Mom and Her Biracial Child Stopped by Police at Denver Airport Due to Suspected Human Trafficking

Racism is alive and well — but we knew that.

A white California mom and her biracial 10-year-old daughter were stopped by police for suspected human trafficking after a Southwest Airlines flight attendant reported the pair as “suspicious” – an incident the mother called “racist harassment.”

via Insider:

Mary MacCarthy, 42, told Insider that she and her daughter, Moira, boarded a Southwest Airlines flight from Los Angeles to Denver with a connecting flight in San Jose on October 22 in order to be with her family following the sudden death of her brother.

When the single mom and her child got off the plane at Denver International Airport, they were immediately met by two Denver police officers and a Southwest representative on the jet bridge at around 2:30 p.m, according to police records and partial cell phone video footage of the incident seen by Insider.

MacCarthy, a former journalist who works in the tech industry, said she was told she had been “reported to the pilot for suspicious behavior.”

“As a mother to a biracial child, it immediately clicked in my brain,” she told Insider. “I assumed we had been reported for trafficking.”

In a video taken by MacCarthy in which her daughter can be heard crying, a Southwest employee tells the mother the pair were stopped because employees were “just concerned about the behavior when you boarded the aircraft.”

According to a police report from the Denver Police Department, officers were sent to the airport over a “report of possible Human Trafficking reported by Southwest Flight Attendant.”

The police report states that a Southwest attendant on the connecting flight told authorities that “the mom and daughter did not talk during the flight and she felt that it was odd and also the mother did not allow the child to talk to flight crew.”

MacCarthy denied this claim as an “outright lie” in a later email to investigators, saying her daughter spent much of the flight listening to an audiobook and that they had spoken during the trip.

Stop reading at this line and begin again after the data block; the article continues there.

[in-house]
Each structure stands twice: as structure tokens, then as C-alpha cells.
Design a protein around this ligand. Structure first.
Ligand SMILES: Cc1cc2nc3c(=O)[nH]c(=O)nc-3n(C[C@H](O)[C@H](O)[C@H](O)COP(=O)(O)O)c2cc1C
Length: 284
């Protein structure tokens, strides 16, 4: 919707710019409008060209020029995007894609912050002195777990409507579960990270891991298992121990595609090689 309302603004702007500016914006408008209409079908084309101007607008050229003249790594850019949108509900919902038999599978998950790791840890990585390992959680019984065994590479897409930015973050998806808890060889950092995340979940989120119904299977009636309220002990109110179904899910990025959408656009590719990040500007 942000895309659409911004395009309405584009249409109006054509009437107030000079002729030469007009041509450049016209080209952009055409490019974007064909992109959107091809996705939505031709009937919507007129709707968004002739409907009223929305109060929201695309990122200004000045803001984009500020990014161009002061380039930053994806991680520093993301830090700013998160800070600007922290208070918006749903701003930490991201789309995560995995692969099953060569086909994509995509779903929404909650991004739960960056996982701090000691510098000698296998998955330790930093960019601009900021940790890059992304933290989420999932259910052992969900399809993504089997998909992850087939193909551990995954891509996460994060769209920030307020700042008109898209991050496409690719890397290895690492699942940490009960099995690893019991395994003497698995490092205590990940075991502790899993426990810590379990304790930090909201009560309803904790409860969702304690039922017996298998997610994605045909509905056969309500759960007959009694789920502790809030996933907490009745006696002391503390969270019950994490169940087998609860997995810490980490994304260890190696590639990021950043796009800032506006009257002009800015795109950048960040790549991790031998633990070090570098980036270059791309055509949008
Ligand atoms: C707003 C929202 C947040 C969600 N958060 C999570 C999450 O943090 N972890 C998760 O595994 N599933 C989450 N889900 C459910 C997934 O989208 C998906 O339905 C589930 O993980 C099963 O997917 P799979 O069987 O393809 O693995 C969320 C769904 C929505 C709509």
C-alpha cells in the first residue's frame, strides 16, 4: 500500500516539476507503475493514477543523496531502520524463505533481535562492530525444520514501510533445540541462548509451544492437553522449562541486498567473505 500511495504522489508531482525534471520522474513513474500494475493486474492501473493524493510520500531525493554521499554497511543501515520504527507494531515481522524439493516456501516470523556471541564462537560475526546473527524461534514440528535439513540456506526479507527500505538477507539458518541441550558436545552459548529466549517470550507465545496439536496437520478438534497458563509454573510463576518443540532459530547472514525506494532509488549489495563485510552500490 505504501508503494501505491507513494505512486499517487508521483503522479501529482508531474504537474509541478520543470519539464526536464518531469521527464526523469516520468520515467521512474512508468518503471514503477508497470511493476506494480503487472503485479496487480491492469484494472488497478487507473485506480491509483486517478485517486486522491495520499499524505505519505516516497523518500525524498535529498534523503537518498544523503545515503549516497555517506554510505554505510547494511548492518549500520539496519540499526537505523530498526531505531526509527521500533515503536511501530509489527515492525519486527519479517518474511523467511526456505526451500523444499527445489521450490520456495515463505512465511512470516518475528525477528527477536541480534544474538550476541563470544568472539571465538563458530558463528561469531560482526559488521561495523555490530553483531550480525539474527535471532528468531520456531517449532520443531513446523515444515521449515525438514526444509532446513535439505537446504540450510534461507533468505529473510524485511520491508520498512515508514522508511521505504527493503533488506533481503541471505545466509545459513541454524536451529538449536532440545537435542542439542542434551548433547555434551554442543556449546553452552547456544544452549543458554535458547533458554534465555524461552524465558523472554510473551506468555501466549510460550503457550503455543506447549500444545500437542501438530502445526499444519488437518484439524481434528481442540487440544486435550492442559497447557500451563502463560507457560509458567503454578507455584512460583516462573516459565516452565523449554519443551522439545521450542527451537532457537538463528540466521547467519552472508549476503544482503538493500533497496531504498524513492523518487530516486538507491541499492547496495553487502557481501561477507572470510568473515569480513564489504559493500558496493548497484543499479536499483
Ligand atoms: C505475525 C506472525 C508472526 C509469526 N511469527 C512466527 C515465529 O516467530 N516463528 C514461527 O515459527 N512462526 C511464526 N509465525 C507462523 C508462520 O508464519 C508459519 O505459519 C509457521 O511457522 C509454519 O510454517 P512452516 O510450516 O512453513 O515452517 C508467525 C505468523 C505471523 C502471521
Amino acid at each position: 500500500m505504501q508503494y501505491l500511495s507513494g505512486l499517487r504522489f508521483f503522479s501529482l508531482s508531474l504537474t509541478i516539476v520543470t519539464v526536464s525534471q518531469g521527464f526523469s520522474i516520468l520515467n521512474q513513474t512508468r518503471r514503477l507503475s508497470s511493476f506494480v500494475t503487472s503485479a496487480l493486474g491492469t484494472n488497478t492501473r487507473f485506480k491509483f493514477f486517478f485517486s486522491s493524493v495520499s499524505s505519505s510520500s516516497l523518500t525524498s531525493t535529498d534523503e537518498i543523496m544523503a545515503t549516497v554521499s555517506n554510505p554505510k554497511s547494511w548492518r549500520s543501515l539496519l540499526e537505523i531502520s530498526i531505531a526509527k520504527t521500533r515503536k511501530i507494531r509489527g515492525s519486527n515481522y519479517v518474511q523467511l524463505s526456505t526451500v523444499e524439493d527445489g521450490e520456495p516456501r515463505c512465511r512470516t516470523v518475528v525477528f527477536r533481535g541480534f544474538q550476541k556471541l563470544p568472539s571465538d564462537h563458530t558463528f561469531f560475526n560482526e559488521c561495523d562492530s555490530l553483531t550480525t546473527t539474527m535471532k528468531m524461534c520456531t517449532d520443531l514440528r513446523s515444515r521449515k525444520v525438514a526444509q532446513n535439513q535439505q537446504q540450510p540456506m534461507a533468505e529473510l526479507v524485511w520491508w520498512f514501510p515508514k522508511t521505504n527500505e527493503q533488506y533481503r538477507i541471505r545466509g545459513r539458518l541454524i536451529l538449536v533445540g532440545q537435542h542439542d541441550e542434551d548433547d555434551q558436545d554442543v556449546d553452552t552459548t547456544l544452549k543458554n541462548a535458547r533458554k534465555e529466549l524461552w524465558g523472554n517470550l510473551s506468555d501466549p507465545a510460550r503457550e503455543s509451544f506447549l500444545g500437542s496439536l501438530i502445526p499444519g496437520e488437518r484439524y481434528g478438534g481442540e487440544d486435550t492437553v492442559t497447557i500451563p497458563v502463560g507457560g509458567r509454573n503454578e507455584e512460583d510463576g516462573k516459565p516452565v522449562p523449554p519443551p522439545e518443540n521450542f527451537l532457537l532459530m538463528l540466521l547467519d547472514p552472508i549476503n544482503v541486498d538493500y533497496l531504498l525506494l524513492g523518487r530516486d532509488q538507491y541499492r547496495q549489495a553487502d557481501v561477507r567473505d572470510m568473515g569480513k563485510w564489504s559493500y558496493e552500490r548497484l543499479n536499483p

After speaking with police officers, both MacCarthy and her daughter were ultimately “cleared” to go, according to the police report. 

MacCarthy said she believes they were racially profiled. 

“I have a 10-year-old biracial daughter who was going through the worst day of her life from the death of her beloved uncle, and then she has to deal with armed police,” MacCarthy told Insider. “I consider that racist harassment.”

MacCarthy said she only later learned from a follow-up call with a detective ten days later on November 1 that there was an official “suspicion of human trafficking.”

“As far as I was concerned everything was immediately cleared up that day [on October 22],” she said. “And if you’re really going to go after potential human traffickers, take it seriously, don’t just make a casual phone call ten days later.”

Southwest said in a statement to Insider on Thursday that the company was “disheartened” by MacCarthy’s account of events.

“We are conducting a review of the situation internally, and we will be reaching out to the customer to address her concerns and offer our apologies for her experience traveling with us,” the statement read. 

“Our employees undergo robust training on human trafficking,” the airline added. “Above all, Southwest Airlines prides itself on providing a welcoming and inclusive environment for the millions of customers who travel with us each year.”

MacCarthy wrote in an email to Southwest after the incident that officers told her she was “reported for ‘suspicious behavior prior to boarding in San Jose’ and that we ‘had boarded suspiciously late.’ “

MacCarthy, who has hired an attorney, has demanded an apology from Southwest Airlines and a reimbursement of her and her daughters’ plane tickets. 

“I have yet to be contacted by Southwest with anything more than an automated response. And at this point, I want Southwest Airlines to be held accountable for having racially profiled my family on what was objectively already the worst day of my daughter’s life,” MacCarthy said. 

Employees need more training AND they need to mind their business.

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